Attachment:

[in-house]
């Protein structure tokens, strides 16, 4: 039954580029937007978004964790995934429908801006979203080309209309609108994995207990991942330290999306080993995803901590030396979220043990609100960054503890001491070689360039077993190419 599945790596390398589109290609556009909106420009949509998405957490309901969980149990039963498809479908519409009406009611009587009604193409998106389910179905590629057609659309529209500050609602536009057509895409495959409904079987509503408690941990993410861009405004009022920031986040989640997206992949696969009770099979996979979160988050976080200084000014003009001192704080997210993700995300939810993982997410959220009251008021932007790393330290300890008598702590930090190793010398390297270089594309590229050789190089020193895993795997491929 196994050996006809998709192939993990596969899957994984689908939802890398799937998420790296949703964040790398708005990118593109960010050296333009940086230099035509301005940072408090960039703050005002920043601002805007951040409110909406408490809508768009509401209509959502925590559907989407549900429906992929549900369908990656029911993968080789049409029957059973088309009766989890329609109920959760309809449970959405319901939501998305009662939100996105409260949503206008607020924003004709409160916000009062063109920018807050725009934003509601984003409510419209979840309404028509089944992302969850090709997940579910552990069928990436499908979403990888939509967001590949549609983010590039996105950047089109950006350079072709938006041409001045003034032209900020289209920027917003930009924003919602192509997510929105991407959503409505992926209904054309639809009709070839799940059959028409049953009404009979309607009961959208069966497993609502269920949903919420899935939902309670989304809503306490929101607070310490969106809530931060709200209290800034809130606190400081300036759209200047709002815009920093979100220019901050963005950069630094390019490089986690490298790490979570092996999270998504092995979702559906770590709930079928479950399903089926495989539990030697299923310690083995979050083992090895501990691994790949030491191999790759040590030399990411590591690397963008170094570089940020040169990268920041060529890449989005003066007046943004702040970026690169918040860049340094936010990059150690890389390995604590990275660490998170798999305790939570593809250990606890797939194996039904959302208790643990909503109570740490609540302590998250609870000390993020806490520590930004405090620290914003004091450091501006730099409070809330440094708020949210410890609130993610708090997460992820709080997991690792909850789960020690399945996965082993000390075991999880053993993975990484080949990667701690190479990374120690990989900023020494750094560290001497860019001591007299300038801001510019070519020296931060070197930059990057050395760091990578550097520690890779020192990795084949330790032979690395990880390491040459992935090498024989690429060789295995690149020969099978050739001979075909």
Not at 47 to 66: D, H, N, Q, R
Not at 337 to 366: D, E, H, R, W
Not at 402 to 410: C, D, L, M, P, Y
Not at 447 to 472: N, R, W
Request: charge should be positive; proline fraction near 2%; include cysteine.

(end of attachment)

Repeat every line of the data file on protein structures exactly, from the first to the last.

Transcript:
[in-house]
């Protein structure tokens, strides 16, 4: 039954580029937007978004964790995934429908801006979203080309209309609108994995207990991942330290999306080993995803901590030396979220043990609100960054503890001491070689360039077993190419 599945790596390398589109290609556009909106420009949509998405957490309901969980149990039963498809479908519409009406009611009587009604193409998106389910179905590629057609659309529209500050609602536009057509895409495959409904079987509503408690941990993410861009405004009022920031986040989640997206992949696969009770099979996979979160988050976080200084000014003009001192704080997210993700995300939810993982997410959220009251008021932007790393330290300890008598702590930090190793010398390297270089594309590229050789190089020193895993795997491929 196994050996006809998709192939993990596969899957994984689908939802890398799937998420790296949703964040790398708005990118593109960010050296333009940086230099035509301005940072408090960039703050005002920043601002805007951040409110909406408490809508768009509401209509959502925590559907989407549900429906992929549900369908990656029911993968080789049409029957059973088309009766989890329609109920959760309809449970959405319901939501998305009662939100996105409260949503206008607020924003004709409160916000009062063109920018807050725009934003509601984003409510419209979840309404028509089944992302969850090709997940579910552990069928990436499908979403990888939509967001590949549609983010590039996105950047089109950006350079072709938006041409001045003034032209900020289209920027917003930009924003919602192509997510929105991407959503409505992926209904054309639809009709070839799940059959028409049953009404009979309607009961959208069966497993609502269920949903919420899935939902309670989304809503306490929101607070310490969106809530931060709200209290800034809130606190400081300036759209200047709002815009920093979100220019901050963005950069630094390019490089986690490298790490979570092996999270998504092995979702559906770590709930079928479950399903089926495989539990030697299923310690083995979050083992090895501990691994790949030491191999790759040590030399990411590591690397963008170094570089940020040169990268920041060529890449989005003066007046943004702040970026690169918040860049340094936010990059150690890389390995604590990275660490998170798999305790939570593809250990606890797939194996039904959302208790643990909503109570740490609540302590998250609870000390993020806490520590930004405090620290914003004091450091501006730099409070809330440094708020949210410890609130993610708090997460992820709080997991690792909850789960020690399945996965082993000390075991999880053993993975990484080949990667701690190479990374120690990989900023020494750094560290001497860019001591007299300038801001510019070519020296931060070197930059990057050395760091990578550097520690890779020192990795084949330790032979690395990880390491040459992935090498024989690429060789295995690149020969099978050739001979075909």
Not at 47 to 66: D, H, N, Q, R
Not at 337 to 366: D, E, H, R, W
Not at 402 to 410: C, D, L, M, P, Y
Not at 447 to 472: N, R, W
Request: charge should be positive; proline fraction near 2%; include cysteine.